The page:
Close by Martina Cole

Reviewed by L.D.Y.

Hardcover, 500 pages, 2006

Rating: 10/10

Reason for Reading: I read comparisons to the HBO show The Sopranos and I was ridiculously thrilled to have something to read in a similar vein.

Synopsis: Close is the story of a family – a mob family as well as the ‘mom, dad, and kids’ sort of family. Patrick Brody is determined to run the mob scene of London, making money and decisions with a cool head in hopes that he’ll stay on top of his game – and that everyone he loves stays alive.

Why you should read this book: When you start reading a book like Close, you have to know that some of your favourite characters are going to get whacked, so you might try your best not to get too attached…but like all good mob stories, you can’t help it – you get comfortable and you don’t see it coming until it’s too late. Unlike a lot of stories in this genre, we get to see a fair bit of matriarchal rule – Lil transforms from little more than a kid-having-kids into a magnificent force to be reckoned with, a woman who would do anything for her family – most of them, at least. Fast-paced, hot-blooded and full of surprises, Close is a book that will thrill any fan of the genre, and win over some new readers with the well-crafted tales of murder, power, and intrigue.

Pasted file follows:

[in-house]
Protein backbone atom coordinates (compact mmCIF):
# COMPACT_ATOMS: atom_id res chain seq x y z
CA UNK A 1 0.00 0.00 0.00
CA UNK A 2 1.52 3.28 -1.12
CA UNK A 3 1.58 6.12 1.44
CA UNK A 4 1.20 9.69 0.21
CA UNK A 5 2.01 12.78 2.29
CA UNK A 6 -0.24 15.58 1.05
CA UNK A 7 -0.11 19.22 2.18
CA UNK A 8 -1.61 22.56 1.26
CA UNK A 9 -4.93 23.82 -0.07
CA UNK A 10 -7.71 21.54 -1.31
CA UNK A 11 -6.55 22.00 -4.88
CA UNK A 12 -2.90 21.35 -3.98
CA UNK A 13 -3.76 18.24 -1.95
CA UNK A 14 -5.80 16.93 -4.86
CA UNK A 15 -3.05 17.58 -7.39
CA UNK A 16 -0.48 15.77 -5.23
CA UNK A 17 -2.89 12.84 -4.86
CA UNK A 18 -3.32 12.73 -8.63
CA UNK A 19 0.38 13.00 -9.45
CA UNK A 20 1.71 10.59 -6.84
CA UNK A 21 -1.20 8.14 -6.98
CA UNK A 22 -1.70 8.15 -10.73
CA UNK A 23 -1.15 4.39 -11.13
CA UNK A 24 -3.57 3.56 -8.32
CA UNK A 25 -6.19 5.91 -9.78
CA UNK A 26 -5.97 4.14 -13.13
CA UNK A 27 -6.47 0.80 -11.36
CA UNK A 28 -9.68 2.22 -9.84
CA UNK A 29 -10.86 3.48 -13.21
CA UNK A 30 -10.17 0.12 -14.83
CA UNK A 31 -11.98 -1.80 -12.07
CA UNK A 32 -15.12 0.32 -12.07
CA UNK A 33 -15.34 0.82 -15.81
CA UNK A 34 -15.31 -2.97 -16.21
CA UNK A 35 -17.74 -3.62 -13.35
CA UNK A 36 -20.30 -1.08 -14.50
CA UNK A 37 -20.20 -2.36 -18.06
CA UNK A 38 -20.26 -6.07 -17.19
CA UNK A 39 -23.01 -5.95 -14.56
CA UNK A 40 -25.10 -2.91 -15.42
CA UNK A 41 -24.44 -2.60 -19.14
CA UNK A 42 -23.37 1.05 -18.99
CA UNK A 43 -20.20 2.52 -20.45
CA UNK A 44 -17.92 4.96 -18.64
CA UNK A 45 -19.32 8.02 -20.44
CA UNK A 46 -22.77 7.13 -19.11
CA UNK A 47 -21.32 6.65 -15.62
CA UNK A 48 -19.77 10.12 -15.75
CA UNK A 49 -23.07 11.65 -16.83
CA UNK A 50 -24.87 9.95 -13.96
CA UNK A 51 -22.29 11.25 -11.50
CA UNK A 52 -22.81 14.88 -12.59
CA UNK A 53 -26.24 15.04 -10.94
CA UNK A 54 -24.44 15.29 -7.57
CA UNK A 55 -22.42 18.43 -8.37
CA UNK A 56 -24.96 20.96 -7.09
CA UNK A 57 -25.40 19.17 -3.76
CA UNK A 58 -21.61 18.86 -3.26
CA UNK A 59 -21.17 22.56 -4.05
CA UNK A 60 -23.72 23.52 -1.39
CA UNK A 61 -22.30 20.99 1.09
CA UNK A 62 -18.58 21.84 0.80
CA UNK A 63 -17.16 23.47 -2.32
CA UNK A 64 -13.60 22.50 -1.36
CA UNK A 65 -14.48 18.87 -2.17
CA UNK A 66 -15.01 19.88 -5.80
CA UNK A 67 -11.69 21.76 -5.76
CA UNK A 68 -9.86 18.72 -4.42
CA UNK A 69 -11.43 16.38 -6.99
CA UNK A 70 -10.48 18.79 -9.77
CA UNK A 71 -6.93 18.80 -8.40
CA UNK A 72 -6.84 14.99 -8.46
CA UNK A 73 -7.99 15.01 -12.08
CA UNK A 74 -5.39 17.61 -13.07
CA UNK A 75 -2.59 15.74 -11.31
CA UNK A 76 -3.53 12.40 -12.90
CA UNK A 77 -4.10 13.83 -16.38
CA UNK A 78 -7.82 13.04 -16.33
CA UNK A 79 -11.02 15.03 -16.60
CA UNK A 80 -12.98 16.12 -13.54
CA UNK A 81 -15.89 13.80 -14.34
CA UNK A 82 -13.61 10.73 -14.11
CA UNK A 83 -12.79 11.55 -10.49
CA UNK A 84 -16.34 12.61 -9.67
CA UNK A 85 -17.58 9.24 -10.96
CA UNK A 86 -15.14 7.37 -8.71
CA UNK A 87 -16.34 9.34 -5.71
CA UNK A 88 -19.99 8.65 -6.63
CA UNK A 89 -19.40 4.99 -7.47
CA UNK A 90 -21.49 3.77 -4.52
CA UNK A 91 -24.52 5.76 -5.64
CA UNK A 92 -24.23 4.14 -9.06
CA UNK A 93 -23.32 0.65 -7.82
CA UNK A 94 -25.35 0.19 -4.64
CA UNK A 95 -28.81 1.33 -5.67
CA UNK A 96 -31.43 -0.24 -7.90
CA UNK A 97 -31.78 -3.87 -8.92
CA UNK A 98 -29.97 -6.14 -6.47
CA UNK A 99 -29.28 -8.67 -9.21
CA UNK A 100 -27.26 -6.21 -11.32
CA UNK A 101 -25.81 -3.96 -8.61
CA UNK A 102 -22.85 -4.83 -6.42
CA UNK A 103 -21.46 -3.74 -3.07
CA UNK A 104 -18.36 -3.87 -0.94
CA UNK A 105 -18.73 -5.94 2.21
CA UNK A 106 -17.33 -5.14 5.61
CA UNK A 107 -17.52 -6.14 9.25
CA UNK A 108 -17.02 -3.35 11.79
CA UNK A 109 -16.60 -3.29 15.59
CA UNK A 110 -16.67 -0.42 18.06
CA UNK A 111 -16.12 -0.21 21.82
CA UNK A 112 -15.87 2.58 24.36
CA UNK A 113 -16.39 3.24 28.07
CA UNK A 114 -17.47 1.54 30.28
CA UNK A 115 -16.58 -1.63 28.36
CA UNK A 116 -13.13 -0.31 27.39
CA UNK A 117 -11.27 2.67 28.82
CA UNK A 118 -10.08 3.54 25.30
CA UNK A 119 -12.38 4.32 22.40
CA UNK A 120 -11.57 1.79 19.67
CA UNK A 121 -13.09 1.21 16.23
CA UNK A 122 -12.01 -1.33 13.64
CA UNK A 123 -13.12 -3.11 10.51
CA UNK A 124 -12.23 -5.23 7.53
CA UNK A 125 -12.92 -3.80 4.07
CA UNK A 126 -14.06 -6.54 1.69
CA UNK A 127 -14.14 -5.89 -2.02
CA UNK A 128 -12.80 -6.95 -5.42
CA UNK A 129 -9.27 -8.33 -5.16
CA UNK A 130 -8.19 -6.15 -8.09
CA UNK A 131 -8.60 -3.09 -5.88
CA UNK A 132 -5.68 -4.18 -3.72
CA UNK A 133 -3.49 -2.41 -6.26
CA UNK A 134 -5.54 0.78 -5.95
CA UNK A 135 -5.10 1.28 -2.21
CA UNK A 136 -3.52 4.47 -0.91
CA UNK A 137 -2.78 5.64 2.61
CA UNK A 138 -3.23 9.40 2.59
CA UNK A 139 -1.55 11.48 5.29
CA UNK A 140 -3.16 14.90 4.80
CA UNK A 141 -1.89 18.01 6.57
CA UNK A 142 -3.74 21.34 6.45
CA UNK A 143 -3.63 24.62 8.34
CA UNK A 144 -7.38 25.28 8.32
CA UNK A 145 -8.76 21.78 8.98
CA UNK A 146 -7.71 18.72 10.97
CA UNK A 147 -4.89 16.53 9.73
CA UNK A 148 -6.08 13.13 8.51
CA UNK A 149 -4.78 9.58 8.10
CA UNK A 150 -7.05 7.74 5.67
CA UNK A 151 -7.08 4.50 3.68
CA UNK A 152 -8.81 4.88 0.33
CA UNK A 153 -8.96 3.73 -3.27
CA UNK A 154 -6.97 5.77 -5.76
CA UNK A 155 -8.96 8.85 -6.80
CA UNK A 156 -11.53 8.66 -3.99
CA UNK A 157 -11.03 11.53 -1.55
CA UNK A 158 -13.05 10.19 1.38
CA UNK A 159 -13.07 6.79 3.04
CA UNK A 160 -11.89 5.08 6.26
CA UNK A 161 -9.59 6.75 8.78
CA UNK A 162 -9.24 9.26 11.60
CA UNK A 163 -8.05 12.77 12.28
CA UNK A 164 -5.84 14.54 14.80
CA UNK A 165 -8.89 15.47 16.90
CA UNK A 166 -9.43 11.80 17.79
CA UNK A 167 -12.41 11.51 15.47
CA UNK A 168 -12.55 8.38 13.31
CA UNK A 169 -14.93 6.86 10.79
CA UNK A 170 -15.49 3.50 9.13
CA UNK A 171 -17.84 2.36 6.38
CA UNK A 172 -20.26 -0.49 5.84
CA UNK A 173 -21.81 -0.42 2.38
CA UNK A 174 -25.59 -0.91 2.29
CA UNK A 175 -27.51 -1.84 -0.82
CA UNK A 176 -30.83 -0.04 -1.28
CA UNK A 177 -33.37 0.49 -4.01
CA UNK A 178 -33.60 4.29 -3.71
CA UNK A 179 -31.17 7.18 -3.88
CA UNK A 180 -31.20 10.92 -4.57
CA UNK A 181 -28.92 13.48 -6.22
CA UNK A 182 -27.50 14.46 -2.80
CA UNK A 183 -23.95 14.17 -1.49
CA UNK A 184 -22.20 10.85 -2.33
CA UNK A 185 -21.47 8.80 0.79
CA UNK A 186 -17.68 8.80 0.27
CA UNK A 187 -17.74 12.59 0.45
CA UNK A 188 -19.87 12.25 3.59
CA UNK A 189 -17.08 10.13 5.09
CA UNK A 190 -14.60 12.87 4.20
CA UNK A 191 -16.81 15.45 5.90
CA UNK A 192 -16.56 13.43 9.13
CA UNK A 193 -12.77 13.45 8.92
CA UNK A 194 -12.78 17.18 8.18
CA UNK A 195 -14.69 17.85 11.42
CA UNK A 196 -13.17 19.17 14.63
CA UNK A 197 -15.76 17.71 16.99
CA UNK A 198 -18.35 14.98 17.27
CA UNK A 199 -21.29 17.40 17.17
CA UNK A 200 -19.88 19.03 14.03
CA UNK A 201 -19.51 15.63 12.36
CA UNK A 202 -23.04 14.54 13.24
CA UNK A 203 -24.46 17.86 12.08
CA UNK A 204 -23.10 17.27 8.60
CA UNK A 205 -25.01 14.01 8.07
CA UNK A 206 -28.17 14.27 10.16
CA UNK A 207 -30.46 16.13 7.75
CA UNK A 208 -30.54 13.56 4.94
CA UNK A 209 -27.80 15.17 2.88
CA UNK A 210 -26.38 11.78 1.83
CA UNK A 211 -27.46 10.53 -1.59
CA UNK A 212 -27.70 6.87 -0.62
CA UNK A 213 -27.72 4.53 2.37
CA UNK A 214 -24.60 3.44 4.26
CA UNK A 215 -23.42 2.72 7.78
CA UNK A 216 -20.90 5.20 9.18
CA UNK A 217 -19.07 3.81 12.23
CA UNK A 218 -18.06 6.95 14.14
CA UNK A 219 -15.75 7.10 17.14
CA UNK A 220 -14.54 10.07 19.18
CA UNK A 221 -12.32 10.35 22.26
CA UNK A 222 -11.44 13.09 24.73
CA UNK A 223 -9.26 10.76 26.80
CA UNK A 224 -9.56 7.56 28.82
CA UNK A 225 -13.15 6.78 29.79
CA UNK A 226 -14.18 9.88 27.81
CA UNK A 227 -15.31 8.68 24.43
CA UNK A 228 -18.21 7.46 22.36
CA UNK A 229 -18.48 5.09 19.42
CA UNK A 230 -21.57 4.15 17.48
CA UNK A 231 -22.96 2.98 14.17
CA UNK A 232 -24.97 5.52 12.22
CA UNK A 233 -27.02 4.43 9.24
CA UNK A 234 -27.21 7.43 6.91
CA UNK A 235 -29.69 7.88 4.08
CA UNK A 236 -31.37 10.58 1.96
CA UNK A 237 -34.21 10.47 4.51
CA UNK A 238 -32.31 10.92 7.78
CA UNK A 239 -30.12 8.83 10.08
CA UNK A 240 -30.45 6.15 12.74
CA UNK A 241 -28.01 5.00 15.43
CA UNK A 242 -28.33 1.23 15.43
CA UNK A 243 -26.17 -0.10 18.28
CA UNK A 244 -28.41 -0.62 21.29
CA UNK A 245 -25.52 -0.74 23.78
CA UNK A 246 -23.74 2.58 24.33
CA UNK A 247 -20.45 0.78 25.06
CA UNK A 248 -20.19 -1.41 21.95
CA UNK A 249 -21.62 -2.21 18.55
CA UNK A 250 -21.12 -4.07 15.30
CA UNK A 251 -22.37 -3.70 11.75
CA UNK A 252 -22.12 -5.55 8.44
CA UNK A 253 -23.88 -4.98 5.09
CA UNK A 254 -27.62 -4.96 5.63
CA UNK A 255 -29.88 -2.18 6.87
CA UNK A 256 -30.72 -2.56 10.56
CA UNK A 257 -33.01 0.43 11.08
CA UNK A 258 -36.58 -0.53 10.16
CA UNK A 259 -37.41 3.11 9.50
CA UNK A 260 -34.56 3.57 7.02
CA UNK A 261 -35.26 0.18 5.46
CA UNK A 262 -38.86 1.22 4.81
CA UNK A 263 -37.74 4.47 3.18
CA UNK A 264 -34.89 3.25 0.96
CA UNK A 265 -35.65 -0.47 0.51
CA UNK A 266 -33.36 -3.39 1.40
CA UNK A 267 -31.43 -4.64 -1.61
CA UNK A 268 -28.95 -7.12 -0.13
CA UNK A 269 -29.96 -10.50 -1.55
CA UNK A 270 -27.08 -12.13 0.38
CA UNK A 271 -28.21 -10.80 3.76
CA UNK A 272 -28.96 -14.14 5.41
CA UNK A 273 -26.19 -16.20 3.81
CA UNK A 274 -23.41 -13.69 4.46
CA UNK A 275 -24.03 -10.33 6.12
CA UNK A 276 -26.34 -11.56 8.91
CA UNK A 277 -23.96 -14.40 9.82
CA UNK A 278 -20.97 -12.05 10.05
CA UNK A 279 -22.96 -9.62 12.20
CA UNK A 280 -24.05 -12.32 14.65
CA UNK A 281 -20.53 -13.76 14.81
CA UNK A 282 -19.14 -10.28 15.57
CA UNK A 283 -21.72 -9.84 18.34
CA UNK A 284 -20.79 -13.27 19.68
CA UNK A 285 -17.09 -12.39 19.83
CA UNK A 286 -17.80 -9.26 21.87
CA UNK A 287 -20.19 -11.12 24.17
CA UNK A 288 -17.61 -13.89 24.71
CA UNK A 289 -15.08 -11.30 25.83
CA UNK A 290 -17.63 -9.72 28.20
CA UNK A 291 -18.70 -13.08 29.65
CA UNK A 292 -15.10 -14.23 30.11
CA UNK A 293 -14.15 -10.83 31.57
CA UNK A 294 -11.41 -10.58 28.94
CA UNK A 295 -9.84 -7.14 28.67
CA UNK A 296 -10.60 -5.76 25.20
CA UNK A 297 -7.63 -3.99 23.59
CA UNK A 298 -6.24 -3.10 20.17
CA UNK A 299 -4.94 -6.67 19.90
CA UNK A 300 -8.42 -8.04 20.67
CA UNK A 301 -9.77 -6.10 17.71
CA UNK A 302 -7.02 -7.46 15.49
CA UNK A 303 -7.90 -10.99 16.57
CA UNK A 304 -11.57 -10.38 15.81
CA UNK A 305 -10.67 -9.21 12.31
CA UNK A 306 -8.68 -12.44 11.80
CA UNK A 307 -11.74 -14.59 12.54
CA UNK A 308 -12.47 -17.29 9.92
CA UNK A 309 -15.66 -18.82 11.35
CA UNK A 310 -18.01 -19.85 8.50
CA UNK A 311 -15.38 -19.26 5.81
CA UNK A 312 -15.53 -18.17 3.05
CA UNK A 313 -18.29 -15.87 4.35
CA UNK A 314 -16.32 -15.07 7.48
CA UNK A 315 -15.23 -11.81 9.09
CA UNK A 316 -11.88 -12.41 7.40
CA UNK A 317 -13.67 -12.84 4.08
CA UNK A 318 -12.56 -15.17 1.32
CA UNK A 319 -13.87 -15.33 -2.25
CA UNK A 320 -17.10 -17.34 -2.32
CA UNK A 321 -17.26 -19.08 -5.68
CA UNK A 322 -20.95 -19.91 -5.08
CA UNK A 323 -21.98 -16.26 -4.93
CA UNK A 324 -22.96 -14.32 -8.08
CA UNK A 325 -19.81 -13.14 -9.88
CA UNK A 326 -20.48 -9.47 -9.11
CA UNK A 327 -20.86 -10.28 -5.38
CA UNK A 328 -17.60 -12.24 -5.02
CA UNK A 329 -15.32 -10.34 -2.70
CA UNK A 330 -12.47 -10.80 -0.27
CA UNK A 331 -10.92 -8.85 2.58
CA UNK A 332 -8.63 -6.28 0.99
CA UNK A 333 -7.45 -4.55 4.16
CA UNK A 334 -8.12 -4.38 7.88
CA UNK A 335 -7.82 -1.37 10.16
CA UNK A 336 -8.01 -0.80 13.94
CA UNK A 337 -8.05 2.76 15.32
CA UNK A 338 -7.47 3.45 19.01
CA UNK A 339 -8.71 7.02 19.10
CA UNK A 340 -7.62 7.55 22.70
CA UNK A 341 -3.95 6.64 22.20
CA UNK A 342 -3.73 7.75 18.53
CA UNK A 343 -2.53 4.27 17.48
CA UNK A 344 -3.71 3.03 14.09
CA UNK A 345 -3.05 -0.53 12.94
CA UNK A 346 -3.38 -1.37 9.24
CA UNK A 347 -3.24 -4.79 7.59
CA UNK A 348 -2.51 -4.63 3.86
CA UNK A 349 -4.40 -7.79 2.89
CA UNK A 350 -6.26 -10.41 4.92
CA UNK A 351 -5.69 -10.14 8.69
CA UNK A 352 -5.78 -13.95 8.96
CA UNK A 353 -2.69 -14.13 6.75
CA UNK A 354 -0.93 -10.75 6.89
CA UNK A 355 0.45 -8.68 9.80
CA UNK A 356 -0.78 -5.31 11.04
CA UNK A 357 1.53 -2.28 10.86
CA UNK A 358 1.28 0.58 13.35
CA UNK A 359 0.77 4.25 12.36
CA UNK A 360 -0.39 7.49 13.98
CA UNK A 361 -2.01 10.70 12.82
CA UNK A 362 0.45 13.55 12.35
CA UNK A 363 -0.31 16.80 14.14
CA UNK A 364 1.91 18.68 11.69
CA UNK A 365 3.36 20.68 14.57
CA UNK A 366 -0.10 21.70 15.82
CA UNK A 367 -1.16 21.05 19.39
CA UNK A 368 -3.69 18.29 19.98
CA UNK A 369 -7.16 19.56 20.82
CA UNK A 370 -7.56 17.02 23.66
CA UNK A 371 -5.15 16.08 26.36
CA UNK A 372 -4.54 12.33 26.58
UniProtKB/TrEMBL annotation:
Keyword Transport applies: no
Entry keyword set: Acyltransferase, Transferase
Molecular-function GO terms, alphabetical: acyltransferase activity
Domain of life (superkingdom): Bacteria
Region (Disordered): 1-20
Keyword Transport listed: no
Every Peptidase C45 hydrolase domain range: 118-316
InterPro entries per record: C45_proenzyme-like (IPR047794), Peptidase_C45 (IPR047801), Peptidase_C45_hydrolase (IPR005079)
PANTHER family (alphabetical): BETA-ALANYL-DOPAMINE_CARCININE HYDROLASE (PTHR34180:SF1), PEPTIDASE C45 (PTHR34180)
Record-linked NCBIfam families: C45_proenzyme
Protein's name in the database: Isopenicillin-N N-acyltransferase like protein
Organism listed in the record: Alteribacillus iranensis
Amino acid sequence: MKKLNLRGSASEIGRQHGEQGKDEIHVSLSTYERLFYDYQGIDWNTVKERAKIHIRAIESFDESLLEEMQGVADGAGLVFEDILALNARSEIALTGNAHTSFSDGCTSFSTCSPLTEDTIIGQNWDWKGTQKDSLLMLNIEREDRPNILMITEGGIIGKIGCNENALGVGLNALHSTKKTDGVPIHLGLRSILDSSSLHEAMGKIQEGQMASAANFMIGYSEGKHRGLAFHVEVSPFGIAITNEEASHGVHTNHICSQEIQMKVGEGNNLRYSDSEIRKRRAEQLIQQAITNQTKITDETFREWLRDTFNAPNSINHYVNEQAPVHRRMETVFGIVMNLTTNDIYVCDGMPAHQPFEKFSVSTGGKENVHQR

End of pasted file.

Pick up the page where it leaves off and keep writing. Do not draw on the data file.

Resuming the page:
Why you should avoid this book: If you don’t like bad language and violence, you’ve got the wrong book. Stylistically, my only complaint is a slight tendency to repeat the same idea in different words over the course of a few pages, but there’s so much action most of the time that it’s hard to care.

Opening paragraph:

The pain was finally easing and the woman sighed with relief.

Fabulous quotes:

She still had not heard a word from Pat and she was getting more and more agitated by the minute. She checked her purse and realized that she had less than eight pounds to her name. If Pat was nabbed, or worse, she had no access to his money at all. Her mother’s voice came back to her and, as much as she hated to admit it, the old bitch was right. Pat should have set her straight in case he was arrested.

They were on the balcony that fronted the flats, the air stank of chip fat and stale cigarettes. All around them was the bustle of a council estate during the early evening. The young girls were dressed in their finery and hanging around waiting for the young men who would be their downfall. Dealers were out for their first foray of the night and old dears were on their way to bingo, knitted gloves and knitted hats the order of the day. Kids as young as three were still playing out in the front, their clothes filthy and their faces already hardened by the act of bringing themselves up.

Also recommended: Watch Your Back! by Donald E Westlake; The Godfather by Mario Puzo.

Also by this author: Dangerous Lady; The Ladykiller; Goodnight Lady; The Jump; The Runaway; Two Women; Broken; Faceless; Maura’s Game; The Know; The Graft; The Take.

Author’s website:

Fun tidbit: Cole’s novels The Jump and Dangerous Lady have both been adapted for television.

Would I read more by this author? Yup – and I’m very happy to find a new author I love who has written a lot of books I haven’t read yet!

&#169 Lisa Yanaky 2003-2008

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